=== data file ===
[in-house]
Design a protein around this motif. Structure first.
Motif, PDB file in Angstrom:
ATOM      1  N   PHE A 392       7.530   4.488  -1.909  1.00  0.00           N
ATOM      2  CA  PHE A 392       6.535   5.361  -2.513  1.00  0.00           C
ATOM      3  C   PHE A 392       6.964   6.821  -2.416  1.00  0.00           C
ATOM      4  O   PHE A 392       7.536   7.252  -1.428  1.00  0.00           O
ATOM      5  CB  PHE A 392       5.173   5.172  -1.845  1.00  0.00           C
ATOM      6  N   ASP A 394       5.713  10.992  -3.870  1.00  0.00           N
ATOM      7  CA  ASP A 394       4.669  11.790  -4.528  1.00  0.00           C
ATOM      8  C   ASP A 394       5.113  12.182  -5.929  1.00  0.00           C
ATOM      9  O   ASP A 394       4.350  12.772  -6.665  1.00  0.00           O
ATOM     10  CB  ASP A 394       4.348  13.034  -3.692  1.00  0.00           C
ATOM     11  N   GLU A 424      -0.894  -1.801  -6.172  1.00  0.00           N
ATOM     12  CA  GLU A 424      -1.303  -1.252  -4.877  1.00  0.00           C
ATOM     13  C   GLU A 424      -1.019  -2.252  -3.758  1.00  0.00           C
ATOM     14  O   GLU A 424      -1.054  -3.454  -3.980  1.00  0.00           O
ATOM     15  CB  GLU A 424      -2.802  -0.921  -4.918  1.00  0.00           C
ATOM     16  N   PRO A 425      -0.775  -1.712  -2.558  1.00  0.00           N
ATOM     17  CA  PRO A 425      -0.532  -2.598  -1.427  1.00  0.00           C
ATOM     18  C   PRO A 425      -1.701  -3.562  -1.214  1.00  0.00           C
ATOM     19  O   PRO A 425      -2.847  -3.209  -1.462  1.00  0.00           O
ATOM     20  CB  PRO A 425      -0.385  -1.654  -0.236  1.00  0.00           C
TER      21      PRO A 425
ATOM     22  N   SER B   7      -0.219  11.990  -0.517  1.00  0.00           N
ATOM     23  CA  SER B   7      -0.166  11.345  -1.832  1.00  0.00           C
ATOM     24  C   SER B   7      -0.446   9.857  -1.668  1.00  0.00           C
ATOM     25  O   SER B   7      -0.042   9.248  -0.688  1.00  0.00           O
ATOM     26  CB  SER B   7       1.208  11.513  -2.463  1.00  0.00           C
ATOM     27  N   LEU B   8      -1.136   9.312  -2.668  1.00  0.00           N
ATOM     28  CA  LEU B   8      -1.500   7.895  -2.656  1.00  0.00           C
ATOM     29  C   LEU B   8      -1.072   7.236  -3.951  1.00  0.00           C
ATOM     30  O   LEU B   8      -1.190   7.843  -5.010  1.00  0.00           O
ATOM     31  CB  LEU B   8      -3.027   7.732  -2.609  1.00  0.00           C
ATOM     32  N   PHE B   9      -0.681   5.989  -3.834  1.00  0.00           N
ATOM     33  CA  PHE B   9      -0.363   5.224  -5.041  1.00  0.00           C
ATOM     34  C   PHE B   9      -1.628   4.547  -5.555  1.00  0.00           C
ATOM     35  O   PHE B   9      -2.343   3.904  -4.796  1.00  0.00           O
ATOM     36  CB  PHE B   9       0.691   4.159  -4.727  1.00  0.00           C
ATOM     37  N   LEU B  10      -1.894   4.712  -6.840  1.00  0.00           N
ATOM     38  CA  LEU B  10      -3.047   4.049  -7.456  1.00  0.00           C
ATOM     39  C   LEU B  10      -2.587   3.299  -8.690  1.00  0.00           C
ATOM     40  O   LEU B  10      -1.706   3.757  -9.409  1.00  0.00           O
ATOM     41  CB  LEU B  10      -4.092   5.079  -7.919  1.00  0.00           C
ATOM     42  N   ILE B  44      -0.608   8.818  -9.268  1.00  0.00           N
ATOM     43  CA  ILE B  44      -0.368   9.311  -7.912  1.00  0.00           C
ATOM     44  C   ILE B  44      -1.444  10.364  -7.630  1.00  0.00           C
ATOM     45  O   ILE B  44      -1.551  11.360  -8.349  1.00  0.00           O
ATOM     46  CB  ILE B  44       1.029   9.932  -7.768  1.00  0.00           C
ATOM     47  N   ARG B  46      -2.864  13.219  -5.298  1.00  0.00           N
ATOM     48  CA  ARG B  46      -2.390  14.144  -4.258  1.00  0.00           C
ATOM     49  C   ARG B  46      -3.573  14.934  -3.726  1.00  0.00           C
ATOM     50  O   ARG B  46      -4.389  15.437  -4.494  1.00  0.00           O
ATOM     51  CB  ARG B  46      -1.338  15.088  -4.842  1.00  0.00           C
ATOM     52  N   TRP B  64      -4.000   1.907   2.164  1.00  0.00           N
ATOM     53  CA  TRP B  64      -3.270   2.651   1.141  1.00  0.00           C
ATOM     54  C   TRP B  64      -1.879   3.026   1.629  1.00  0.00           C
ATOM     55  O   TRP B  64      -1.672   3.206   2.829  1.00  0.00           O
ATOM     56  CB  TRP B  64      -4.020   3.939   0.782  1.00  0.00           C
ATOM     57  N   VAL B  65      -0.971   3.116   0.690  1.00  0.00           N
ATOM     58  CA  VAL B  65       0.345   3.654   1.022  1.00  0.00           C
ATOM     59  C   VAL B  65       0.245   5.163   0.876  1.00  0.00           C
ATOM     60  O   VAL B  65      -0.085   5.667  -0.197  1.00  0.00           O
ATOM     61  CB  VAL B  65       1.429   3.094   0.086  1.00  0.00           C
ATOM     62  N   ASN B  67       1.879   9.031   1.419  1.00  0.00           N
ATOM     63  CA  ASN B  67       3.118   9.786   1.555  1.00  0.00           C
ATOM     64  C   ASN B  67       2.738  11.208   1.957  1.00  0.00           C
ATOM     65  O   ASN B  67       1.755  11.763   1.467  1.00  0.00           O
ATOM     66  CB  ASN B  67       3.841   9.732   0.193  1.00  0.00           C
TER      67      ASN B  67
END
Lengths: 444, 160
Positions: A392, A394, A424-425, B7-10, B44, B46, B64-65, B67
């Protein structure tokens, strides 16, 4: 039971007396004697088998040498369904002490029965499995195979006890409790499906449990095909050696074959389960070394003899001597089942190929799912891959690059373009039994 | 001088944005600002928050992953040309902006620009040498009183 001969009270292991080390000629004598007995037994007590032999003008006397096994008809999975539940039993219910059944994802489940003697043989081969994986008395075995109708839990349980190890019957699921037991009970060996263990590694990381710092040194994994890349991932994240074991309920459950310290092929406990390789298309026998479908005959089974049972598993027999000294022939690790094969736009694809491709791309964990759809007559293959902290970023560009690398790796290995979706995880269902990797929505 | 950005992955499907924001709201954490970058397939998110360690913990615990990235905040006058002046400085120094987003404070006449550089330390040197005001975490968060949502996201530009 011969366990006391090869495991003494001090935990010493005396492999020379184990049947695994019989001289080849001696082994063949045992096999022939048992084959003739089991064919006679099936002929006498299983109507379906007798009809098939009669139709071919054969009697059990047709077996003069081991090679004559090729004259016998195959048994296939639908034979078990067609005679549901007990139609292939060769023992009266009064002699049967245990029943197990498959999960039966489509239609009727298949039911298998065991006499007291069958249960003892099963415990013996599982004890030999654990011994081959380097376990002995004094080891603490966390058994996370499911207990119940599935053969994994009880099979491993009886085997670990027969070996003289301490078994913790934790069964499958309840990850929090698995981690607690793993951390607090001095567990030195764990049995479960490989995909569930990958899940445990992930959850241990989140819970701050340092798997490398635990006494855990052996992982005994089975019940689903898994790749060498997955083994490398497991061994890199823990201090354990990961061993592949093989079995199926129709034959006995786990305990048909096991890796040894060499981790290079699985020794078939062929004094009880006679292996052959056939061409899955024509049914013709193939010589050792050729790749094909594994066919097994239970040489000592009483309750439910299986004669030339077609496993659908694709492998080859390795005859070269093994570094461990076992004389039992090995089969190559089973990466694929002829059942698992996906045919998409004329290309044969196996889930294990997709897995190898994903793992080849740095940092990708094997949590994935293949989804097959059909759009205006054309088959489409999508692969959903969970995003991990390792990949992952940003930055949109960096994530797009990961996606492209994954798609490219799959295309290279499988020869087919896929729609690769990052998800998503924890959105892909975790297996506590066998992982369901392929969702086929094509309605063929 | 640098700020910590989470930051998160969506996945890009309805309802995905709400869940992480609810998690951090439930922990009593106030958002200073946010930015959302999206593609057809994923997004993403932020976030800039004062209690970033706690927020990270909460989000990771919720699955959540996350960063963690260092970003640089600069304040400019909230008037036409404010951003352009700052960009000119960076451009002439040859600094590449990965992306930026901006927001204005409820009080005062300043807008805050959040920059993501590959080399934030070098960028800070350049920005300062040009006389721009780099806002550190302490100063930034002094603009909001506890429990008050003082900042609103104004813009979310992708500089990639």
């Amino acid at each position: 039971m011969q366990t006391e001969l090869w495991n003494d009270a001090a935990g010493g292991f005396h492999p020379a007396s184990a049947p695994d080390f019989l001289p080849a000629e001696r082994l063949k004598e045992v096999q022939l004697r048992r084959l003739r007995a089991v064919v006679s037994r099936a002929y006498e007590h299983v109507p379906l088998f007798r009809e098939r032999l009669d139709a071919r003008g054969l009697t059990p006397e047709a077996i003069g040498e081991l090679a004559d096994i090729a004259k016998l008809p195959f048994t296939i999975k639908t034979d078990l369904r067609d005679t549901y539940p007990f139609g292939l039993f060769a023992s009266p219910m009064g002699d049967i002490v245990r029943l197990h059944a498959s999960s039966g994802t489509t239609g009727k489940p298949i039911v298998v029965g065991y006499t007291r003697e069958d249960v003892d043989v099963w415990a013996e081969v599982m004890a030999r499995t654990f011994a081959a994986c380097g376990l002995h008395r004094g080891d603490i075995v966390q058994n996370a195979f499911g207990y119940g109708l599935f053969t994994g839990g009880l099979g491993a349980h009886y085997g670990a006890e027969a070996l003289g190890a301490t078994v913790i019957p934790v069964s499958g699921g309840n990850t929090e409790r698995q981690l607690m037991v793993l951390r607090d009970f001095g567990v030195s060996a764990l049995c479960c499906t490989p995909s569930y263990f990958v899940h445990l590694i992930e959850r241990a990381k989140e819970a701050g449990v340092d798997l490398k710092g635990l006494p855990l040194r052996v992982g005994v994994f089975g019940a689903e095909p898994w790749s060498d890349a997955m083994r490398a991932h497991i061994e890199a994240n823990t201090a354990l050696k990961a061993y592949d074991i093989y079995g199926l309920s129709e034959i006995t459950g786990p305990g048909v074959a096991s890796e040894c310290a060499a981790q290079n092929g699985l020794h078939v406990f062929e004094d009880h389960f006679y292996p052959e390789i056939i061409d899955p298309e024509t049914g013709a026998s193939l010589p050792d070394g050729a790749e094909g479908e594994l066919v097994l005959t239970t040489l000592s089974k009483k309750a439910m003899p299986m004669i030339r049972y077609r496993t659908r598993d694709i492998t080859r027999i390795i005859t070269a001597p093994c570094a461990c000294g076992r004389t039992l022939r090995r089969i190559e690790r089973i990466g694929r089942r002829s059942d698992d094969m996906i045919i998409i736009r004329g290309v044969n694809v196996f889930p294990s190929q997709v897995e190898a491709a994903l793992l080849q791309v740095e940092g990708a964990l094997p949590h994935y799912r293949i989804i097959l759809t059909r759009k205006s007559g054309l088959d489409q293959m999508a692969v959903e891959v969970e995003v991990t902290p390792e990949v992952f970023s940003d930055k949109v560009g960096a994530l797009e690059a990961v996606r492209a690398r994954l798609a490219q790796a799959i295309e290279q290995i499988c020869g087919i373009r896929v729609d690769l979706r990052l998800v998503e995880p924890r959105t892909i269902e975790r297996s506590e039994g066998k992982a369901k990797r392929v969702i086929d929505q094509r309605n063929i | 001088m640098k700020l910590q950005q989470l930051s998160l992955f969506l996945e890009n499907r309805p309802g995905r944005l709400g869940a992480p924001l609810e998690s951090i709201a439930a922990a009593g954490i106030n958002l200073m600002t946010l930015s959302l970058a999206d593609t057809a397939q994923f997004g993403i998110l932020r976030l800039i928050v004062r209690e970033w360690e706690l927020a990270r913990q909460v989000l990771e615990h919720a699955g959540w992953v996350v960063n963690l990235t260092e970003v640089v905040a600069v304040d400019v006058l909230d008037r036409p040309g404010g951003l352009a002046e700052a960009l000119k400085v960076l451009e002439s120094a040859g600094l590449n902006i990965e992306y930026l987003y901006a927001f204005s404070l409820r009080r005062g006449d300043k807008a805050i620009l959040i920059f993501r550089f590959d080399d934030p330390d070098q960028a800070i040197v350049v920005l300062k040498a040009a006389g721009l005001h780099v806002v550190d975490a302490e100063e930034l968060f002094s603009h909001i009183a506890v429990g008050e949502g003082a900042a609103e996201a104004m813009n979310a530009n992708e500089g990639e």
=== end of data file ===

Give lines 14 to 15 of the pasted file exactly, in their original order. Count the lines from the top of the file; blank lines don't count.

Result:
ATOM     11  N   GLU A 424      -0.894  -1.801  -6.172  1.00  0.00           N
ATOM     12  CA  GLU A 424      -1.303  -1.252  -4.877  1.00  0.00           C